The 49 year-old Holcombe, son of Mrs. Herschel Holcombe, has now been officially charged with one count of bank fraud and three counts of altering bank records. The Federal indictment does not specify how much, if any, of the missing 1.4 million dollars Holcombe received during the six year period covered in the investigation. FBI agents have stated that this information will not be published before the trial.

While it's a sad end for Holcombe's career in banking, it's certainly more so for the bank's investors who expected more from its officers. These investors may also wish to know why it has taken 10 months to indict Holcombe. The trial should prove especially interesting to all West Lauderdale residents, but especially Farmers and Merchants Bank depositors who just may wish to know who benefited from Holcomb's convoluted web of deception.


We're adding another location to our list of Shoals eyesores. The old B.M. Ingram building on South Seminary Street in Florence stands near collapse. There appears to be a for sale sign attached to the former store. Good luck with that.

Thanks to M.C. for the photo.


Monday, June 20, 2011

Interesting New Work at National Alabama

Unfortunately the new work at the National Alabama Corp. site in Barton isn't designed to bring in any income. Instead, it only uses RSA money for... Well, let's see, should we say fun or busy work or some other word that has nothing to do with producing income.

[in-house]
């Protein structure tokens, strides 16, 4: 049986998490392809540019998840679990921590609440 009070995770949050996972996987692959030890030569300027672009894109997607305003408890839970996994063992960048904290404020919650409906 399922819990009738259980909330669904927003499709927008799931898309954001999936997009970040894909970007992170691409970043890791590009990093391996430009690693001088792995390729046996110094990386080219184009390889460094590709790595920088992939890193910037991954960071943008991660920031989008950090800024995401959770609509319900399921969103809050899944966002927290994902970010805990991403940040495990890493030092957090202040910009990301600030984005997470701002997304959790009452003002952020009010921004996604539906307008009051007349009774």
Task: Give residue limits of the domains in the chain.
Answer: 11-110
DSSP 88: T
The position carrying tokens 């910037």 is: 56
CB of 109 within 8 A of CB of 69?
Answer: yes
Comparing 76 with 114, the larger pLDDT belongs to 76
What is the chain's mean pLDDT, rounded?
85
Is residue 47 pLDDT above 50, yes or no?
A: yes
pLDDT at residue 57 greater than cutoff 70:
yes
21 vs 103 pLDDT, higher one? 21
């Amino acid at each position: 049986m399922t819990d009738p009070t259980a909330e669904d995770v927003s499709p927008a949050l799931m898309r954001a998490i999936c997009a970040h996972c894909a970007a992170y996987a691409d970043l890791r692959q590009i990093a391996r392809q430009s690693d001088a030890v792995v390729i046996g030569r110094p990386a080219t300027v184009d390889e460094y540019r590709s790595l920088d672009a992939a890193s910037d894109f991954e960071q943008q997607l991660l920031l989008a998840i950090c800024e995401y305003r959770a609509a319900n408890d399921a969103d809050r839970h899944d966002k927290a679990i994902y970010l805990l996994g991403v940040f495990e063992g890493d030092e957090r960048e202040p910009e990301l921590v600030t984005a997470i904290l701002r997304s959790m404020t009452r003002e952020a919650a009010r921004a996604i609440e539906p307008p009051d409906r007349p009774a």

Yes, it seems the employees at National Alabama are already re-doing their softball/volleyball field, picking up stray rocks and adding more sand...and all for only 16.00 to 20.00 an hour. We have to wonder if the powers that be at the rail car plant ever considered sending these employees to Phil Campbell or Hackleburg to work...


Third Street in Cherokee lies two blocks off old Hwy 20 and three blocks off Hwy 72. It is the location of a historic cemetery that has become the object of vandalism, not just once, but three times in the past month. All in all, 15 tombstones have been vandalized--broken in two. Even if these tombstones can be repaired, they will always show the scars of what these Cretins have done.